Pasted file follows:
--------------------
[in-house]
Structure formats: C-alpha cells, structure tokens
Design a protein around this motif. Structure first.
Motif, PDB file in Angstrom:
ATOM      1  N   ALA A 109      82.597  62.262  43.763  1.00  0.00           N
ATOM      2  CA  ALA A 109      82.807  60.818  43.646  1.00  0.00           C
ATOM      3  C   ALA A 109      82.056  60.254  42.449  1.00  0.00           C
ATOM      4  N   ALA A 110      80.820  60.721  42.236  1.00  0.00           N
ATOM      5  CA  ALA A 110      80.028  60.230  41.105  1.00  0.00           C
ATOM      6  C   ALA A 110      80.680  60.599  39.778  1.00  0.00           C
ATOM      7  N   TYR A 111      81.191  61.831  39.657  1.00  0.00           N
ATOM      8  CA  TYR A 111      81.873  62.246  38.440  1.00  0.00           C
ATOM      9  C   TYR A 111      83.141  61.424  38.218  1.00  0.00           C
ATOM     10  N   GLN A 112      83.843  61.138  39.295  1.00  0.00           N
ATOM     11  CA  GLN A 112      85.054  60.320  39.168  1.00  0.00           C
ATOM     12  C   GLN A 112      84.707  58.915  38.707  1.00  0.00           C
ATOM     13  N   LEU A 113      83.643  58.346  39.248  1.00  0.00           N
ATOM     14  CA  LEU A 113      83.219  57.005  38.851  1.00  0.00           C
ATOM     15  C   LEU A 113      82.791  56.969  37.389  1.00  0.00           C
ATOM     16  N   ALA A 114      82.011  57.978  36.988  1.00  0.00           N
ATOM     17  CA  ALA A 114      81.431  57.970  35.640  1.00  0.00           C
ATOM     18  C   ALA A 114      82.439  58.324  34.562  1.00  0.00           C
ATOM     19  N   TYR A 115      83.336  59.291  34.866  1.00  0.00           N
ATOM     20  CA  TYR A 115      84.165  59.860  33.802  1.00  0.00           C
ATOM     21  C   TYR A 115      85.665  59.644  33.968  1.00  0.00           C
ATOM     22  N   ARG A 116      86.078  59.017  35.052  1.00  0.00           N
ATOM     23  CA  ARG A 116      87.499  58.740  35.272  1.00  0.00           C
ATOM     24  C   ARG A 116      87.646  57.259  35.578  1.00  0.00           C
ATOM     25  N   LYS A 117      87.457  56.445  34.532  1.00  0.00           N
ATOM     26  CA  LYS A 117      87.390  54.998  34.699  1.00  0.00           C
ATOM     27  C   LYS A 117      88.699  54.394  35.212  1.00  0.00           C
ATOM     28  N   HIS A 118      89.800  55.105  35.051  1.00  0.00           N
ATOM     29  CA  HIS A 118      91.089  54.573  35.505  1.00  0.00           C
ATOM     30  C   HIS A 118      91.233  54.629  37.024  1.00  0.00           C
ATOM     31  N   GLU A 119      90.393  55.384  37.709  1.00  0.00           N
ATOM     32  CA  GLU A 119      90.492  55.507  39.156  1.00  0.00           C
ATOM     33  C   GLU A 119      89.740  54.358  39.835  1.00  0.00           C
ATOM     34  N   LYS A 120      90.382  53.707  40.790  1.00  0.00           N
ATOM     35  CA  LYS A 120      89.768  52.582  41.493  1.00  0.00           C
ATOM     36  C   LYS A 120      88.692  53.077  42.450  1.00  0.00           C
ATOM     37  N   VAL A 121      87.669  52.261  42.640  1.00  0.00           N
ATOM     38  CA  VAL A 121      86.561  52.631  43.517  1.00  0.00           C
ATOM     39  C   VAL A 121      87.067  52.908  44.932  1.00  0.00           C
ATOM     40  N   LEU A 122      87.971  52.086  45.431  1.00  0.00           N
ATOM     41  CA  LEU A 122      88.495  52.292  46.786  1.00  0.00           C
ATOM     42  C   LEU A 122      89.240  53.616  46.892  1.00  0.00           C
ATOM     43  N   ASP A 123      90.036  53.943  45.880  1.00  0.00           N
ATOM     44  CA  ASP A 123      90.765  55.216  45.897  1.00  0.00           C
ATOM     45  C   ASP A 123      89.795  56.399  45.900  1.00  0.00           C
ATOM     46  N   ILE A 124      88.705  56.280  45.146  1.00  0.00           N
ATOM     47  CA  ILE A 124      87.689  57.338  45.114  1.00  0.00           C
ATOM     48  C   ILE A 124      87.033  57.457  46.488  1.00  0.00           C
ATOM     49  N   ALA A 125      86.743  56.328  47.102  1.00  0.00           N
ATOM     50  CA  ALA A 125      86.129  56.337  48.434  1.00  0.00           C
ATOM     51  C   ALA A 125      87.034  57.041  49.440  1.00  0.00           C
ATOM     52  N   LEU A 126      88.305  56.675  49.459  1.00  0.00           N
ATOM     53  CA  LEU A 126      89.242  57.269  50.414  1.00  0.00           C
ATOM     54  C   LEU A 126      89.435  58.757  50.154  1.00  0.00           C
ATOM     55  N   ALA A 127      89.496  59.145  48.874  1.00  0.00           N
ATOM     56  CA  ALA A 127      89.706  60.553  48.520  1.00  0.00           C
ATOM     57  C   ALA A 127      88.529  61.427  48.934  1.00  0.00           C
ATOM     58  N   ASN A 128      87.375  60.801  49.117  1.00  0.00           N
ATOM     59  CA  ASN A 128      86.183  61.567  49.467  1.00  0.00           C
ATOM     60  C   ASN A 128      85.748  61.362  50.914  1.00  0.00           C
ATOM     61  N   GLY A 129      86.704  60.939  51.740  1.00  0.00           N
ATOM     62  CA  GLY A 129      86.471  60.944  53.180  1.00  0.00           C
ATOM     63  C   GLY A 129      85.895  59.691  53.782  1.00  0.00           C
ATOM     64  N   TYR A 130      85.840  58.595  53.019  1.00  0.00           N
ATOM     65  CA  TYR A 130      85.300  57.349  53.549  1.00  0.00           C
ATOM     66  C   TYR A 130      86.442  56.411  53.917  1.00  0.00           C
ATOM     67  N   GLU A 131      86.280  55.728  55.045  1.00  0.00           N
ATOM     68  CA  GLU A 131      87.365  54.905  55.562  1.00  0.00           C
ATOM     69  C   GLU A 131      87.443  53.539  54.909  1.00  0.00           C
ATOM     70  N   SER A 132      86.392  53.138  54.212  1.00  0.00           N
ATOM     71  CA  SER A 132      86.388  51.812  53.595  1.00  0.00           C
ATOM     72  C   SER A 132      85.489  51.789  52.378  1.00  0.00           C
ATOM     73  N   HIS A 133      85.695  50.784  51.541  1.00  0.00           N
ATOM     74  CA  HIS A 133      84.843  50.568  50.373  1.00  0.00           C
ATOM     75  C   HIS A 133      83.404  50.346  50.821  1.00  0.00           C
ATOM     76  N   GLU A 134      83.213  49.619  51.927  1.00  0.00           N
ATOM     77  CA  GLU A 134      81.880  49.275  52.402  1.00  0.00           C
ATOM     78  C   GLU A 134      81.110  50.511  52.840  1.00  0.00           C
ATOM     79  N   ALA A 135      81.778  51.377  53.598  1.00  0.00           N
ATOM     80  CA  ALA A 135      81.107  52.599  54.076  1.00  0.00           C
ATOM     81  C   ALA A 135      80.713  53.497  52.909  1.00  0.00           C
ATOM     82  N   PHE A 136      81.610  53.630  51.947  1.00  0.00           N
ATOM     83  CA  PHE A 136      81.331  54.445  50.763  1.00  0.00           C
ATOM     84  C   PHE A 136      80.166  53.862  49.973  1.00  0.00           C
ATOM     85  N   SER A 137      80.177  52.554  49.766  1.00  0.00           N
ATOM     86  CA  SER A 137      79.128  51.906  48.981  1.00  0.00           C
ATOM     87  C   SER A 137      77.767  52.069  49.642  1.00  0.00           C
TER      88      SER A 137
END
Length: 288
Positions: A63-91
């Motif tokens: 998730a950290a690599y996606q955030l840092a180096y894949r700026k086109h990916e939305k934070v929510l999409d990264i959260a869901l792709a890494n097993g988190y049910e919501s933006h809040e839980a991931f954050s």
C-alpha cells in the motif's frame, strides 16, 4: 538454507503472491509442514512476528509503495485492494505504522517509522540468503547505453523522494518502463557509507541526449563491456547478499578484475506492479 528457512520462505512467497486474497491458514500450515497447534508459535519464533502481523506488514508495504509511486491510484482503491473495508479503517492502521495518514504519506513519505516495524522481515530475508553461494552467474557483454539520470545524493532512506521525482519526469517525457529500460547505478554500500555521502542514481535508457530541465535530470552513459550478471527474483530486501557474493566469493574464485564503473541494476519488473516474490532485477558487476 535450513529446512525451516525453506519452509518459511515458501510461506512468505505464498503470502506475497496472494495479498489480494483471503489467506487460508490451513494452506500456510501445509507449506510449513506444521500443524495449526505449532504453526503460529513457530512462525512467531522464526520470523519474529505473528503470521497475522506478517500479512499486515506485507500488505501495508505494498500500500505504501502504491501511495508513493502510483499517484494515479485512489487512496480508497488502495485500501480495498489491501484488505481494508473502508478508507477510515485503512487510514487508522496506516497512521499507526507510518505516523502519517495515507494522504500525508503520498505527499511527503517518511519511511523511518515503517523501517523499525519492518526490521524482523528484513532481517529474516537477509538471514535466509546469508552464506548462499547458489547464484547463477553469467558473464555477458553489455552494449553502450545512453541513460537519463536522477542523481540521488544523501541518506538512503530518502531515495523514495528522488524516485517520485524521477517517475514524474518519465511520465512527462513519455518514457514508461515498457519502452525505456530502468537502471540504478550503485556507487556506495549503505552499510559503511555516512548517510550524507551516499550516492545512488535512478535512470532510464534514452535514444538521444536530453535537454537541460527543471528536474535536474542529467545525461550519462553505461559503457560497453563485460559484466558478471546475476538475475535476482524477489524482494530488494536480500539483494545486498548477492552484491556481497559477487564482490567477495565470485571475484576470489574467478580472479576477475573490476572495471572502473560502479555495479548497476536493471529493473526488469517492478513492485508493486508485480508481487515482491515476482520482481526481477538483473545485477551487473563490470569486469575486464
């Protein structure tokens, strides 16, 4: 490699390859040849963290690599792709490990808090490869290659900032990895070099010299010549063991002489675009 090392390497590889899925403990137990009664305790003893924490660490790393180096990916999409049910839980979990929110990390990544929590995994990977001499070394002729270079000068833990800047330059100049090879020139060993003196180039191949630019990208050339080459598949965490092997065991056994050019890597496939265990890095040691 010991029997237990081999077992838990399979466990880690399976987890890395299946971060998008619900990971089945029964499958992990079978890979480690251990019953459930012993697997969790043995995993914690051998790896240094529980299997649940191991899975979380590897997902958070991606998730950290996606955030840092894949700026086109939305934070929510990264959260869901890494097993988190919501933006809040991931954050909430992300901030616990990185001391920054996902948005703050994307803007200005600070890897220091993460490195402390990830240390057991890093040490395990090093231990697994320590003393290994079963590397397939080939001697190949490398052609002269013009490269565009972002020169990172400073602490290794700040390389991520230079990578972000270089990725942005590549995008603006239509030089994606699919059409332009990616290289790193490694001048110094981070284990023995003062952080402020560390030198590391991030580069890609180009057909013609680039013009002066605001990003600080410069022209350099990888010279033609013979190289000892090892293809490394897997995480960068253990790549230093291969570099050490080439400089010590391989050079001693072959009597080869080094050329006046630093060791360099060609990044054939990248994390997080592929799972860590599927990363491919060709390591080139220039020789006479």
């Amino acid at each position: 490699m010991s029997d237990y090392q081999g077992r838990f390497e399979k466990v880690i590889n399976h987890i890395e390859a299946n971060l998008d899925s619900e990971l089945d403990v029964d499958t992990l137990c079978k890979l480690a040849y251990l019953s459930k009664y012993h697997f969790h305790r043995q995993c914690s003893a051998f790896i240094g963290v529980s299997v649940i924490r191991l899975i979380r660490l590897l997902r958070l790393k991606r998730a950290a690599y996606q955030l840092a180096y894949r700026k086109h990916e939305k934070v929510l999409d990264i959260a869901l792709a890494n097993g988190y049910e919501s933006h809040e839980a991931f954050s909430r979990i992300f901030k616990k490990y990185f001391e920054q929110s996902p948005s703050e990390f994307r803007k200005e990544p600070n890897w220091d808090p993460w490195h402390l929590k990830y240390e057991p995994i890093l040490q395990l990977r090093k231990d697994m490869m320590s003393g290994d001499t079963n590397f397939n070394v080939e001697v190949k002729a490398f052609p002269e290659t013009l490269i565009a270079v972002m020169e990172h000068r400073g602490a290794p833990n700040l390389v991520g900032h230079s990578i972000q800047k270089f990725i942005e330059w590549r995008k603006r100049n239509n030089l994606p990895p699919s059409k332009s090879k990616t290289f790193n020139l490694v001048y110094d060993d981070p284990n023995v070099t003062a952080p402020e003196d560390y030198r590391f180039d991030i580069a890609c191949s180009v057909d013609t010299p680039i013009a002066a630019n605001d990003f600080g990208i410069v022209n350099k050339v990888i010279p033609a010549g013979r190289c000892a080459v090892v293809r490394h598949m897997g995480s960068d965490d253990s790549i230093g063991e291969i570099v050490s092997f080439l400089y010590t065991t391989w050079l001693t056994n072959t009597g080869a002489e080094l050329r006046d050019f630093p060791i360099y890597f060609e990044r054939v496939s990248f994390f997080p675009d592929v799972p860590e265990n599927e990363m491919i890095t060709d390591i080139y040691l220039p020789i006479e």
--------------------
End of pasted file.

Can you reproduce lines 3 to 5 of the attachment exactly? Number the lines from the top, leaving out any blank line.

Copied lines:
Design a protein around this motif. Structure first.
Motif, PDB file in Angstrom:
ATOM      1  N   ALA A 109      82.597  62.262  43.763  1.00  0.00           N